In our hyper-partisan 21st century world, you'd be forgiven for thinking that we, as Americans, don't like ourselves very much. Although more and more of us profess to drop out of the two party political system, we still tend to be quite tribal and quarantine ourselves into like-minded camps. Drive a Chevy truck? Your friends probably do, too. Drive a Subaru or a Prius? Your latte-lickin' friends probably do as well. Like Larry the Cable Guy or Bill Maher? FoxNews or MSNBC? Rush Limbaugh or Amy Goodman? Bacon or kale? Coors Lite or Brother Thelonius? American Sniper or La Dolce Vita? Washington Redskins or Washington Indigenous Native Americans? I could go on. If your preference was the first of any of those options, there's a 94-percent chance you prefer Trump/Cruz/Rubio to Sanders/Clinton/O'Malley. Couple our Red Team vs. Blue Team proclivities with access to anonymous digital mouthpieces, and we really separate ourselves from "them."
The Beatles or the Rolling Stones? This is a silly question, as I wouldn't want to live in a world without either Abbey Road or Exile on Main St., but when it comes to music, some barriers begin to break down. Maybe you don't care for either. Although that is rare and breaks my heart, I bet there is something that moves us both. Johnny Cash? Merle Haggard? Johnny Paycheck? Willie Nelson? John Coltrane? Lee Morgan? De La Soul? Beethoven? Bach? Mahler? George Fornby? Gerry & the Pacemakers? Albert King? Freddie King? Robert Johnson? Hell, I'll even meet you at that Selena Gomez song my daughter used to play. My point being, if you spend enough time with someone — or just cut to the chase and chat music — it will be very hard for you not to find something in common with them, musically speaking. Christ, even Paul Ryan likes Rage Against the Machine! Ted Cruz and Bernie Sanders could belt the chorus of "All You Need is Love" at the top of their lungs should they ever find themselves at karaoke together. Music may be the one thing that can bring us together these days. There's sure as shit nothing else that pops into my mind.
Hard workers Kingfoot find themselves at The Logger Bar with an unusual opening group: The Dell'Arte Cabaret opens, so make sure not to be late for the free 9 p.m. show.
Recalling the band's humble beginnings on the Lower East Side back in '81, The Toasters' LES-Beat sound will emanate forth from the South Central part of Arcata at Humboldt Brews. Show up at 9:30 p.m. to catch locals The Dubbadubs kick off the show for a mere $15.
Take a detour up the 299 to Blue Lake for a free show of country tunes courtesy of The Honky Tonk Detours at the Mad River Brewery Tasting Room. Says drummer Paul DeMark: "We love old and new country music, and we include some of [guitarist] Jake Wiegandt's originals. There's a lot to it. It's got soul and it's fun to play. That's it." What else do you need? Rounding out the group is Rick Levin on guitars and Ron Sharp on the bass. 6 p.m. for this tonk.
The Fortuna Concert Series presents local a cappella artists A Company of Voices. Expect some "classical choral repertoire, some African-American spirituals and some jazz." Catch the company at the Fortuna Monday Club (610 Main Street) at 7:30 p.m. for $10.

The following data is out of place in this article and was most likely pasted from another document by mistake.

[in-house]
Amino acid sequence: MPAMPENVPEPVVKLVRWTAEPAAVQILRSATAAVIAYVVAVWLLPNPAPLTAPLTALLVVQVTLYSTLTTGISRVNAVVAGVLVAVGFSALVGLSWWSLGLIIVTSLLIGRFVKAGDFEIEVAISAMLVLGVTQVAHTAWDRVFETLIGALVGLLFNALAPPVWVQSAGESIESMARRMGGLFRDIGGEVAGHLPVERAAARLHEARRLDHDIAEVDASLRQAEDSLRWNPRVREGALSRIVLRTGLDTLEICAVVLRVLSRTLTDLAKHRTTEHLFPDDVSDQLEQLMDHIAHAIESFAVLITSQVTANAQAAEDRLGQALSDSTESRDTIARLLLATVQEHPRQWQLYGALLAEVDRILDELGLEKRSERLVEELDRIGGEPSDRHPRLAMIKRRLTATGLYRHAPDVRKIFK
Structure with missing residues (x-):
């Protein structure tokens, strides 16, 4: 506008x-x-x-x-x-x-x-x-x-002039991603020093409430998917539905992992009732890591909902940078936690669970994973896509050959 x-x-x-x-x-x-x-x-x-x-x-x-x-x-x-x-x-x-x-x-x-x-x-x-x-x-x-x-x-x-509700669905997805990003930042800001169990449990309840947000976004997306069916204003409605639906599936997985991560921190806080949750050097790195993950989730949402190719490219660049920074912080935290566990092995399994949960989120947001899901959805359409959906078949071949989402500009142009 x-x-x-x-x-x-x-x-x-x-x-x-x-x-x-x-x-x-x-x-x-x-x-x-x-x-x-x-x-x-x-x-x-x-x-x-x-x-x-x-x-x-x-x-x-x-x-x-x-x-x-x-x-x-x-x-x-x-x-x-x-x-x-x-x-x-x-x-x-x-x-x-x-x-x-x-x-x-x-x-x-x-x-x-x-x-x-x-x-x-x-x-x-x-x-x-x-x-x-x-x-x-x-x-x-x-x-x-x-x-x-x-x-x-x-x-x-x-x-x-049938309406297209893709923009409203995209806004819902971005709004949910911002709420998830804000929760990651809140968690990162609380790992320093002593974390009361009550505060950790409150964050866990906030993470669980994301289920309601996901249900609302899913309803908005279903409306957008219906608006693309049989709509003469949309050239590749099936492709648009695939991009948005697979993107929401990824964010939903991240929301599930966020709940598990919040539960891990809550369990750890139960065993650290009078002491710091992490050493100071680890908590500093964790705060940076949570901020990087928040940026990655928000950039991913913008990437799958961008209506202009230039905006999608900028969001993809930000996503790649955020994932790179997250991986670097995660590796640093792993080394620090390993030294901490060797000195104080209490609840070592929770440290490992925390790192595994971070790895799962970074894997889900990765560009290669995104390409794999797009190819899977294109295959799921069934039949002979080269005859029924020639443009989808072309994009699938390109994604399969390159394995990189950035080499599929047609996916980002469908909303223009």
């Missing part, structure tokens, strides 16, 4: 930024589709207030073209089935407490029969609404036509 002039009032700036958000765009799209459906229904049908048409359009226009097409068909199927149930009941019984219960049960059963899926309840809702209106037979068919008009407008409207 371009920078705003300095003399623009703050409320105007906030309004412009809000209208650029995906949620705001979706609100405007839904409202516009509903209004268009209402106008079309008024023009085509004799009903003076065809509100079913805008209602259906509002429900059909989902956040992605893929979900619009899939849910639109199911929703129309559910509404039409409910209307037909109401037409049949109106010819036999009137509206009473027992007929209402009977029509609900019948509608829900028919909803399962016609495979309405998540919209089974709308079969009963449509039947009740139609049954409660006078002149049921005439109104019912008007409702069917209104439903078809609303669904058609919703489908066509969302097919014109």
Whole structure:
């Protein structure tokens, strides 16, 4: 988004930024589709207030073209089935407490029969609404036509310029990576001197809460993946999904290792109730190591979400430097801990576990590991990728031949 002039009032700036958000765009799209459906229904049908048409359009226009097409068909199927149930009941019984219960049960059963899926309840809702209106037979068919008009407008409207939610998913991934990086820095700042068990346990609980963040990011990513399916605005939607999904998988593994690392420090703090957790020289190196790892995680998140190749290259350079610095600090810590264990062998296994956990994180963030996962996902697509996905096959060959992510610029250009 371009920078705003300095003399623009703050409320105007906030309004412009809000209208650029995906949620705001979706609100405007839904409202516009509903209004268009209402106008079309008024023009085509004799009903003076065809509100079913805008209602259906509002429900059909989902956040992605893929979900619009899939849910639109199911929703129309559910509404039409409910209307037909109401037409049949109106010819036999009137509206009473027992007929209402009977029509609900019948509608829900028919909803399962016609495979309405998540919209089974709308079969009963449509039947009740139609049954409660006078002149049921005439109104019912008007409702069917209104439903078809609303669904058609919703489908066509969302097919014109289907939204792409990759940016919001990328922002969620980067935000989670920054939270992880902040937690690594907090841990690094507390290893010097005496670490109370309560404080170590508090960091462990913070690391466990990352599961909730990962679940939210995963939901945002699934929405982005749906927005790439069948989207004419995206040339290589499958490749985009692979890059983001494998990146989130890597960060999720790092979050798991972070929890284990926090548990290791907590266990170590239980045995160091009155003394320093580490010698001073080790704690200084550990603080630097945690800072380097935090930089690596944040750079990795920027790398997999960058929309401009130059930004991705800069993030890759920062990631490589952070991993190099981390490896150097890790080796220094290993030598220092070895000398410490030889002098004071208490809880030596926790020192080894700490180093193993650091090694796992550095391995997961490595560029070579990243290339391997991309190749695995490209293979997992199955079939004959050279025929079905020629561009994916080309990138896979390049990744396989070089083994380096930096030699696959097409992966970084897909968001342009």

Featuring a blend of rock, R&B, reggae, "some Dead and even a little country," The Rockiteers will be playing at 9 p.m. at the top of the hill in McKinleyville at Six Rivers Brewery. Free show, but feel free to share the wealth.
Keeping things going late, Humboldt Free Radio presents Arcata mega-poppers The Wild Lungs being joined by some Portland punkers, TOIM tonight at The Alibi. $5 will get you in the door, 11 p.m. show time.
No stranger to our neck of the woods, Tommy Castro returns to Humboldt to support his recent release of Method to My Madness. Tommy's been playing guitar since about '65 and you may have caught him at numerous Blues by the Bay festivals over the years, but this is the first album of his 22-year recording career that Tommy produced himself. He'll be joined by his band The Painkillers at Humboldt Brews in Arcata at 8 p.m. Bring $20 to hear tunes from his new album.
Like some of you still disconnected from the cable television world, I am unfamiliar with the show The Voice. I've heard of it, and, perhaps unfairly, lump it into the American Idol variety of musical television shows. Say what you will about the shows themselves, the musicians and artists who make it on these programs are often quite talented and have been hustling on the road for years. One such fellow is Joshua Davis. Steeped in Americana and folk music, the Michigan native has been writing and gigging for the past 15 years, so he's no overnight studio-made musician. Making it to the finals in the show, Joshua is glad to be hitting the road again. "I'm so excited to get back to the West Coast," he says. "It's been quite a few years since I've been out there and this will be the first time since the Voice. I'm looking forward to reconnecting with longtime friends and meeting new fans." Become a fan or a friend tonight at Humboldt Brews tonight at 9 p.m. Just remember, friends don't let friends play for free. Bring $15.
Full show listings in the Journal's Music and More grid, the Calendar and online. Bands and promoters, send your gig info, preferably with a high-res photo or two, to email@example.com.
Andy Powell is a congenital music lover and hosts The Night Show on KWPT 100.3 FM weeknights at 6 p.m. He doesn't like reggae or old-time music, but is glad you do.